Monday, September 10, 2012
Cahill Center, Hameetman Auditorium
Astronomy Tea Talk
Next Generation Tests of Substellar Evolution
Trent Dupuy, Hubble Fellow, CfA/SAO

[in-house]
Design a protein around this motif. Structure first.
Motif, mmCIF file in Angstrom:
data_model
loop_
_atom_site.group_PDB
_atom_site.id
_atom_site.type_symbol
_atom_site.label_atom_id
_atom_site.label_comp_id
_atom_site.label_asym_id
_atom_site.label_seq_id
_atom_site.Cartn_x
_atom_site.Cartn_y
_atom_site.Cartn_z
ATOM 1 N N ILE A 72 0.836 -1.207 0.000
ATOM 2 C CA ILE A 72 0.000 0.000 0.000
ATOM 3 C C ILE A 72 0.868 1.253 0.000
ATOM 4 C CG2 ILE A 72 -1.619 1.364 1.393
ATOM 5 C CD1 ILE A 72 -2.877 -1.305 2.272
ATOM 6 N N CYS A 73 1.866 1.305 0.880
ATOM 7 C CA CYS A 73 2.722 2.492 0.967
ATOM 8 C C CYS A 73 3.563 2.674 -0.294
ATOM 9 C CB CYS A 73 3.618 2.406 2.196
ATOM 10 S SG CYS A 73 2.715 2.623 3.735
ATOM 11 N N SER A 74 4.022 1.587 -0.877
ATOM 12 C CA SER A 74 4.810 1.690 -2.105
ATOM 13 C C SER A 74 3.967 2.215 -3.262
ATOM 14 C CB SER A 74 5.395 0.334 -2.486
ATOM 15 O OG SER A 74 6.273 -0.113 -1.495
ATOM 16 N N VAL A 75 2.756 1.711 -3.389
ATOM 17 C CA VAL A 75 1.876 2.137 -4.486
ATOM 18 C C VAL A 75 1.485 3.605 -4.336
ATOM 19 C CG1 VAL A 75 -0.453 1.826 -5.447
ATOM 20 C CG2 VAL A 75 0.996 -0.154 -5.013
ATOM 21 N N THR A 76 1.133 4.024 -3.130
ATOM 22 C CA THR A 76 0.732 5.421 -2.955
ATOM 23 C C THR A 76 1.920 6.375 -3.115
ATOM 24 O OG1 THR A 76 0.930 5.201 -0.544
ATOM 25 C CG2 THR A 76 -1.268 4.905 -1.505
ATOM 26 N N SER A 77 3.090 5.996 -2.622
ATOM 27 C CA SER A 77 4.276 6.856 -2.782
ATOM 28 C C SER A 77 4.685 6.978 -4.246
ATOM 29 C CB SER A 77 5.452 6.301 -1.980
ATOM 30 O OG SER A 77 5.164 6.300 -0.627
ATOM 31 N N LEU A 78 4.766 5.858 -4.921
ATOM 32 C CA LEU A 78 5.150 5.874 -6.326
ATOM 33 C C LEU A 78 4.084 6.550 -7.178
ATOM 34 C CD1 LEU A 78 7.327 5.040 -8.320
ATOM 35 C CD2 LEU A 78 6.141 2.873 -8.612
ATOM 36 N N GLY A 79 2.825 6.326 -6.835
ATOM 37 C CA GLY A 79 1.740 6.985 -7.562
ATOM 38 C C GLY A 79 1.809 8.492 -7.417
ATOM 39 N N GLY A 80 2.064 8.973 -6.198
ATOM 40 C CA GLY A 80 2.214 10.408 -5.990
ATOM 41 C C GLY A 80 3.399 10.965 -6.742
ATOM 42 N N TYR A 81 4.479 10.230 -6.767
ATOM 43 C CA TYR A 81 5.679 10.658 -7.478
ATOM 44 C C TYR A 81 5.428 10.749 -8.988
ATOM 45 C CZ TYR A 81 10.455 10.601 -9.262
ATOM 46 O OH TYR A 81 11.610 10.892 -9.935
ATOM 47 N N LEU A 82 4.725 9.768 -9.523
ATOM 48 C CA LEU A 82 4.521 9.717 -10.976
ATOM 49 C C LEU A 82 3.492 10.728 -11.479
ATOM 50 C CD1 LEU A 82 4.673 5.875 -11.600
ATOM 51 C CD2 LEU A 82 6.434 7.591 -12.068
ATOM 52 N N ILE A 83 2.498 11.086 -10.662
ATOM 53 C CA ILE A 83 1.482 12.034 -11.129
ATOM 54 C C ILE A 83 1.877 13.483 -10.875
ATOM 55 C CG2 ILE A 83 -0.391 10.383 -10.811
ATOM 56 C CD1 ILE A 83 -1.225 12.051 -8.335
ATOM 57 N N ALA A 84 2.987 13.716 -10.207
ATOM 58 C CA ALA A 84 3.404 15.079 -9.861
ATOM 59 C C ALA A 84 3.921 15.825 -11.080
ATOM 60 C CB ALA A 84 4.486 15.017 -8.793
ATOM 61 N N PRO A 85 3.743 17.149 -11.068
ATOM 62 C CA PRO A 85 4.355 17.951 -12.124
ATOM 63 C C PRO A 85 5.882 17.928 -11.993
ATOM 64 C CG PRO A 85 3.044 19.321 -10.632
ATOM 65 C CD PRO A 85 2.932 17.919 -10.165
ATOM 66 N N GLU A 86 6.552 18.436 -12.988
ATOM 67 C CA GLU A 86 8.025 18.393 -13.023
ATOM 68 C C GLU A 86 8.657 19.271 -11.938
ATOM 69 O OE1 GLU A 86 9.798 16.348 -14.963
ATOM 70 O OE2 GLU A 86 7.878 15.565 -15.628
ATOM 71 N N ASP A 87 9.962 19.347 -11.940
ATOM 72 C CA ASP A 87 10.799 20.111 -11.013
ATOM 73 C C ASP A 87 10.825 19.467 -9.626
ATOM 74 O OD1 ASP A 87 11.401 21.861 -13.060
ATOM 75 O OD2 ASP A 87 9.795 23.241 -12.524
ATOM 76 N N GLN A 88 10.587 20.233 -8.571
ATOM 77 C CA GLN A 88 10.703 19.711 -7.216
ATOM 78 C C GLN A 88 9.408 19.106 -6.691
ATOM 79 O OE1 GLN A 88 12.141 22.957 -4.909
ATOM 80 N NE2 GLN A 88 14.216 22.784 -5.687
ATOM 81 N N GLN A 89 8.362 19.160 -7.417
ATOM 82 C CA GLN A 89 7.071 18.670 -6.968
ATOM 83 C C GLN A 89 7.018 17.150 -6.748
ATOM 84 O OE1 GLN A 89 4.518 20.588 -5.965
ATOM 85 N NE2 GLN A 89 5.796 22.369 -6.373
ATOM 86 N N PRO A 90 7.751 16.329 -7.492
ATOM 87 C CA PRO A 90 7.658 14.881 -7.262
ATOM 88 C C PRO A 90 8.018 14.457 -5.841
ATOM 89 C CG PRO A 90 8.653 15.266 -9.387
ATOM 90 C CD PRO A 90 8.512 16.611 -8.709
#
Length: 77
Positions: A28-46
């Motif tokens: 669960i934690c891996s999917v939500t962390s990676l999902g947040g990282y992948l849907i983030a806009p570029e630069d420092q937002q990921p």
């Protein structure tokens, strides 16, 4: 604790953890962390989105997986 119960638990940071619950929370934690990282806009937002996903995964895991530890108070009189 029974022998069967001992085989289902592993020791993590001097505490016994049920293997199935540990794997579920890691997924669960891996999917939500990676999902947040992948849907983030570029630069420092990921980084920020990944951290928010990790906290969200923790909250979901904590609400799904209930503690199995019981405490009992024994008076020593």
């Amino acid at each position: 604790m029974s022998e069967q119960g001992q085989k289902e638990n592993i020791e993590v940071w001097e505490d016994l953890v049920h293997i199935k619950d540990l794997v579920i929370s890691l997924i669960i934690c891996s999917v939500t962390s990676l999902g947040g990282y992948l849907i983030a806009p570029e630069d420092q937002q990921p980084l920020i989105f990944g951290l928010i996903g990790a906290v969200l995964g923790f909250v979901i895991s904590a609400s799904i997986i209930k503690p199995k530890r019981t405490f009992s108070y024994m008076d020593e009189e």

A broad-brush view of the evolution of photometric and spectroscopic properties of brown dwarfs has been in place for nearly a decade, largely thanks to the first parallax programs that allowed modest samples of brown dwarfs to be placed on color-magnitude diagrams and even smaller samples of dynamical masses barely breaching the hydrogen-fusion boundary. I will present results from our high-precision IR astrometry program at CFHT and laser guide star adaptive optics orbit monitoring at Keck that greatly expand such tests of substellar models. Our more populous sample of ultracool dwarf parallaxes provides new perspectives on the cooling of brown dwarfs: we discover a phase of rapid cloud clearing (the "L/T gap"); quantify the seemingly paradoxical brightening in J-band as objects cool from L to T dwarfs; and identify an unexpectedly large scatter in the absolute magnitudes of cold T dwarfs. With data from Keck we have more than tripled the numbered of dynamical masses for ultracool dwarfs, pushing to much lower temperatures than before. This has enabled the strongest tests of substellar models to date and revealed significant discrepancies with observed colors, temperatures, and even cooling rates, which has implications for cluster IMF determinations and the inferred masses for directly imaged planets.